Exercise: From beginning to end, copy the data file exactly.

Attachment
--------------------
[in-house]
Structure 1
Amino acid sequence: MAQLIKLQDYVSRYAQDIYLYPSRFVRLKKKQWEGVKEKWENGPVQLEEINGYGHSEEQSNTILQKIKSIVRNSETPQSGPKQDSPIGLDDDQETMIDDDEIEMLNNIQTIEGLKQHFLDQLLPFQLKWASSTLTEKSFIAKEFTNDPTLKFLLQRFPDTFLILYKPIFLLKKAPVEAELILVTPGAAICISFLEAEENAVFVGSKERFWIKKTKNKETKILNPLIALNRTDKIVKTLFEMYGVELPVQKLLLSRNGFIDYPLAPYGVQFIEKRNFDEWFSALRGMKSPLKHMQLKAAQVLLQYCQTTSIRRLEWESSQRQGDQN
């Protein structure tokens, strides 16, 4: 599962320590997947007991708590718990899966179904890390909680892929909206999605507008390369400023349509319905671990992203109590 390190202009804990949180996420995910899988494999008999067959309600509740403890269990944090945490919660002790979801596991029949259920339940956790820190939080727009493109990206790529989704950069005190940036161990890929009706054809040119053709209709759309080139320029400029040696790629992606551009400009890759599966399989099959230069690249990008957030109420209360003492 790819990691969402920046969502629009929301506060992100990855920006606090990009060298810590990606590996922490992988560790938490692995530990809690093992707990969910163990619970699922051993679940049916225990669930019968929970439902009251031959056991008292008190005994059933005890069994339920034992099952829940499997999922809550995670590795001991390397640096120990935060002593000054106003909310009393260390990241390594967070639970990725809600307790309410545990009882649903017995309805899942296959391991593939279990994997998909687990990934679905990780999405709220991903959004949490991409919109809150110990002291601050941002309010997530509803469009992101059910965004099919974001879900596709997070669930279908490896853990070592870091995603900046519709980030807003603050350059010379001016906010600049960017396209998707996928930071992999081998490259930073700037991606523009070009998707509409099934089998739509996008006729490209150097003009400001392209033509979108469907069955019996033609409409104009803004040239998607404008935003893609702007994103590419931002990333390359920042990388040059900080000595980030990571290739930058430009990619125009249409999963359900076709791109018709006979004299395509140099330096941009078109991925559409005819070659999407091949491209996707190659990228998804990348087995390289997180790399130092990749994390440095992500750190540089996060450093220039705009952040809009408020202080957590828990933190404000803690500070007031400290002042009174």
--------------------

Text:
[in-house]
Structure 1
Amino acid sequence: MAQLIKLQDYVSRYAQDIYLYPSRFVRLKKKQWEGVKEKWENGPVQLEEINGYGHSEEQSNTILQKIKSIVRNSETPQSGPKQDSPIGLDDDQETMIDDDEIEMLNNIQTIEGLKQHFLDQLLPFQLKWASSTLTEKSFIAKEFTNDPTLKFLLQRFPDTFLILYKPIFLLKKAPVEAELILVTPGAAICISFLEAEENAVFVGSKERFWIKKTKNKETKILNPLIALNRTDKIVKTLFEMYGVELPVQKLLLSRNGFIDYPLAPYGVQFIEKRNFDEWFSALRGMKSPLKHMQLKAAQVLLQYCQTTSIRRLEWESSQRQGDQN
């Protein structure tokens, strides 16, 4: 599962320590997947007991708590718990899966179904890390909680892929909206999605507008390369400023349509319905671990992203109590 390190202009804990949180996420995910899988494999008999067959309600509740403890269990944090945490919660002790979801596991029949259920339940956790820190939080727009493109990206790529989704950069005190940036161990890929009706054809040119053709209709759309080139320029400029040696790629992606551009400009890759599966399989099959230069690249990008957030109420209360003492 790819990691969402920046969502629009929301506060992100990855920006606090990009060298810590990606590996922490992988560790938490692995530990809690093992707990969910163990619970699922051993679940049916225990669930019968929970439902009251031959056991008292008190005994059933005890069994339920034992099952829940499997999922809550995670590795001991390397640096120990935060002593000054106003909310009393260390990241390594967070639970990725809600307790309410545990009882649903017995309805899942296959391991593939279990994997998909687990990934679905990780999405709220991903959004949490991409919109809150110990002291601050941002309010997530509803469009992101059910965004099919974001879900596709997070669930279908490896853990070592870091995603900046519709980030807003603050350059010379001016906010600049960017396209998707996928930071992999081998490259930073700037991606523009070009998707509409099934089998739509996008006729490209150097003009400001392209033509979108469907069955019996033609409409104009803004040239998607404008935003893609702007994103590419931002990333390359920042990388040059900080000595980030990571290739930058430009990619125009249409999963359900076709791109018709006979004299395509140099330096941009078109991925559409005819070659999407091949491209996707190659990228998804990348087995390289997180790399130092990749994390440095992500750190540089996060450093220039705009952040809009408020202080957590828990933190404000803690500070007031400290002042009174």